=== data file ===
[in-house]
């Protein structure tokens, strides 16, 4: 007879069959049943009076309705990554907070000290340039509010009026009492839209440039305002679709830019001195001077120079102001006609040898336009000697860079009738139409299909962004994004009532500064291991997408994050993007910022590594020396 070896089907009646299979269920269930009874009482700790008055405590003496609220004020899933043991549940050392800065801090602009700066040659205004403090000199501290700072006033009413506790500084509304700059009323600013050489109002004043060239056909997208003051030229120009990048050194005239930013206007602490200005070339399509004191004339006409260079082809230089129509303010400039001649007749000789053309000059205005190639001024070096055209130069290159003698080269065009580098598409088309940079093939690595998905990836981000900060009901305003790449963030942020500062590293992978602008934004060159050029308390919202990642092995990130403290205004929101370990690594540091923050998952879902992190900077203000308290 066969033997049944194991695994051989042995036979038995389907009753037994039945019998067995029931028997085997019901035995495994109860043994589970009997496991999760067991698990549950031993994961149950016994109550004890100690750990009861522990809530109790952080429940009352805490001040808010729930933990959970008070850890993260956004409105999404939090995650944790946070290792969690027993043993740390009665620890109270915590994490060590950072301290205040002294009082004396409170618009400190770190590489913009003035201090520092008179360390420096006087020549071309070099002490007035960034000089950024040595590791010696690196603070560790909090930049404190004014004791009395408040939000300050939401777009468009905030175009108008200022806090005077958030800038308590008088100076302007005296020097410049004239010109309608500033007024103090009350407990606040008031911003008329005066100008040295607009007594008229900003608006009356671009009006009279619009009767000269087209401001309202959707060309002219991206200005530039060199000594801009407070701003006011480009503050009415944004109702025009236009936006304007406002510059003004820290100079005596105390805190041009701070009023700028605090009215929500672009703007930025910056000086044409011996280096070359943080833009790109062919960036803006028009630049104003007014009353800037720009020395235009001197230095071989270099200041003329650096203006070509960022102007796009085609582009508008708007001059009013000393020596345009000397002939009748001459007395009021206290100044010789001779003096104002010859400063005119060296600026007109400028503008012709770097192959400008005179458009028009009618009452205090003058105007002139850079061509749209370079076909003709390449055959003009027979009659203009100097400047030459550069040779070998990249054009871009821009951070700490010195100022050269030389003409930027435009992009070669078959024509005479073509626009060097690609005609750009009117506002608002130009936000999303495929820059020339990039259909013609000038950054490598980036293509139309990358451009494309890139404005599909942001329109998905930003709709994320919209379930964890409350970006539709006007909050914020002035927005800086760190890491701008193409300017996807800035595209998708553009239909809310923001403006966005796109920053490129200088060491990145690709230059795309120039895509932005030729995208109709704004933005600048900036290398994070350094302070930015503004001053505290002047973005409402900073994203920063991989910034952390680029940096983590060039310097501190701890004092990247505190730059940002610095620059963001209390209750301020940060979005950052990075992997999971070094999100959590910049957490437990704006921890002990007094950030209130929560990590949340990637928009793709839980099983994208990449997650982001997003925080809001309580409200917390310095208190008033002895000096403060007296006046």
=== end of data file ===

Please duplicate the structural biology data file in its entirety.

[in-house]
């Protein structure tokens, strides 16, 4: 007879069959049943009076309705990554907070000290340039509010009026009492839209440039305002679709830019001195001077120079102001006609040898336009000697860079009738139409299909962004994004009532500064291991997408994050993007910022590594020396 070896089907009646299979269920269930009874009482700790008055405590003496609220004020899933043991549940050392800065801090602009700066040659205004403090000199501290700072006033009413506790500084509304700059009323600013050489109002004043060239056909997208003051030229120009990048050194005239930013206007602490200005070339399509004191004339006409260079082809230089129509303010400039001649007749000789053309000059205005190639001024070096055209130069290159003698080269065009580098598409088309940079093939690595998905990836981000900060009901305003790449963030942020500062590293992978602008934004060159050029308390919202990642092995990130403290205004929101370990690594540091923050998952879902992190900077203000308290 066969033997049944194991695994051989042995036979038995389907009753037994039945019998067995029931028997085997019901035995495994109860043994589970009997496991999760067991698990549950031993994961149950016994109550004890100690750990009861522990809530109790952080429940009352805490001040808010729930933990959970008070850890993260956004409105999404939090995650944790946070290792969690027993043993740390009665620890109270915590994490060590950072301290205040002294009082004396409170618009400190770190590489913009003035201090520092008179360390420096006087020549071309070099002490007035960034000089950024040595590791010696690196603070560790909090930049404190004014004791009395408040939000300050939401777009468009905030175009108008200022806090005077958030800038308590008088100076302007005296020097410049004239010109309608500033007024103090009350407990606040008031911003008329005066100008040295607009007594008229900003608006009356671009009006009279619009009767000269087209401001309202959707060309002219991206200005530039060199000594801009407070701003006011480009503050009415944004109702025009236009936006304007406002510059003004820290100079005596105390805190041009701070009023700028605090009215929500672009703007930025910056000086044409011996280096070359943080833009790109062919960036803006028009630049104003007014009353800037720009020395235009001197230095071989270099200041003329650096203006070509960022102007796009085609582009508008708007001059009013000393020596345009000397002939009748001459007395009021206290100044010789001779003096104002010859400063005119060296600026007109400028503008012709770097192959400008005179458009028009009618009452205090003058105007002139850079061509749209370079076909003709390449055959003009027979009659203009100097400047030459550069040779070998990249054009871009821009951070700490010195100022050269030389003409930027435009992009070669078959024509005479073509626009060097690609005609750009009117506002608002130009936000999303495929820059020339990039259909013609000038950054490598980036293509139309990358451009494309890139404005599909942001329109998905930003709709994320919209379930964890409350970006539709006007909050914020002035927005800086760190890491701008193409300017996807800035595209998708553009239909809310923001403006966005796109920053490129200088060491990145690709230059795309120039895509932005030729995208109709704004933005600048900036290398994070350094302070930015503004001053505290002047973005409402900073994203920063991989910034952390680029940096983590060039310097501190701890004092990247505190730059940002610095620059963001209390209750301020940060979005950052990075992997999971070094999100959590910049957490437990704006921890002990007094950030209130929560990590949340990637928009793709839980099983994208990449997650982001997003925080809001309580409200917390310095208190008033002895000096403060007296006046």